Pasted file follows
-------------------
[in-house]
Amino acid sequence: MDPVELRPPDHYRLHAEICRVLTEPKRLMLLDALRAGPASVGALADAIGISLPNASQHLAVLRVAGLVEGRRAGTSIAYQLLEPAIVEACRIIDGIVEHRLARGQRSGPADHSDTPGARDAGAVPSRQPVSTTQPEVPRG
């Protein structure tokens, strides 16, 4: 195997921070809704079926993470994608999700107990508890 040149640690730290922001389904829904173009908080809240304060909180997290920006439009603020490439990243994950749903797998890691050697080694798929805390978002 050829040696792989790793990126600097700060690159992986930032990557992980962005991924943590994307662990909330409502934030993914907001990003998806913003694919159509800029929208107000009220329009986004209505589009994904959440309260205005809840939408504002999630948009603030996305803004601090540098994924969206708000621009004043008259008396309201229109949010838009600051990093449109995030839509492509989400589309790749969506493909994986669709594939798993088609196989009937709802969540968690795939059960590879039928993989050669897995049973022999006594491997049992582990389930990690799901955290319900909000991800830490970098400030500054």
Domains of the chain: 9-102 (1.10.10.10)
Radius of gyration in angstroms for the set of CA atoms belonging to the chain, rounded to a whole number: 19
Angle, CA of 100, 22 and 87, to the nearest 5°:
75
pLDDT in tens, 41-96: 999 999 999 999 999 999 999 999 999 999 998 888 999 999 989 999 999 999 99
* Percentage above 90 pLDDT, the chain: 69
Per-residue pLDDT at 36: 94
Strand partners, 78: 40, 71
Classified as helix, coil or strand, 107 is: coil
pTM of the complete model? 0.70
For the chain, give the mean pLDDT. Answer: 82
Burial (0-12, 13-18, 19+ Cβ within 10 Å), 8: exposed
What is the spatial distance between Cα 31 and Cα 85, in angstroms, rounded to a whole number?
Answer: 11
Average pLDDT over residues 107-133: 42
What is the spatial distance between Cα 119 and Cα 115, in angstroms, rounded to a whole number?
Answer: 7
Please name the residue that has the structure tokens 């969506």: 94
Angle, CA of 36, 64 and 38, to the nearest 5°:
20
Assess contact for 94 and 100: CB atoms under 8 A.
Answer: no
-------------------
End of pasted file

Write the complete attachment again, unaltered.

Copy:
[in-house]
Amino acid sequence: MDPVELRPPDHYRLHAEICRVLTEPKRLMLLDALRAGPASVGALADAIGISLPNASQHLAVLRVAGLVEGRRAGTSIAYQLLEPAIVEACRIIDGIVEHRLARGQRSGPADHSDTPGARDAGAVPSRQPVSTTQPEVPRG
């Protein structure tokens, strides 16, 4: 195997921070809704079926993470994608999700107990508890 040149640690730290922001389904829904173009908080809240304060909180997290920006439009603020490439990243994950749903797998890691050697080694798929805390978002 050829040696792989790793990126600097700060690159992986930032990557992980962005991924943590994307662990909330409502934030993914907001990003998806913003694919159509800029929208107000009220329009986004209505589009994904959440309260205005809840939408504002999630948009603030996305803004601090540098994924969206708000621009004043008259008396309201229109949010838009600051990093449109995030839509492509989400589309790749969506493909994986669709594939798993088609196989009937709802969540968690795939059960590879039928993989050669897995049973022999006594491997049992582990389930990690799901955290319900909000991800830490970098400030500054």
Domains of the chain: 9-102 (1.10.10.10)
Radius of gyration in angstroms for the set of CA atoms belonging to the chain, rounded to a whole number: 19
Angle, CA of 100, 22 and 87, to the nearest 5°:
75
pLDDT in tens, 41-96: 999 999 999 999 999 999 999 999 999 999 998 888 999 999 989 999 999 999 99
* Percentage above 90 pLDDT, the chain: 69
Per-residue pLDDT at 36: 94
Strand partners, 78: 40, 71
Classified as helix, coil or strand, 107 is: coil
pTM of the complete model? 0.70
For the chain, give the mean pLDDT. Answer: 82
Burial (0-12, 13-18, 19+ Cβ within 10 Å), 8: exposed
What is the spatial distance between Cα 31 and Cα 85, in angstroms, rounded to a whole number?
Answer: 11
Average pLDDT over residues 107-133: 42
What is the spatial distance between Cα 119 and Cα 115, in angstroms, rounded to a whole number?
Answer: 7
Please name the residue that has the structure tokens 């969506």: 94
Angle, CA of 36, 64 and 38, to the nearest 5°:
20
Assess contact for 94 and 100: CB atoms under 8 A.
Answer: no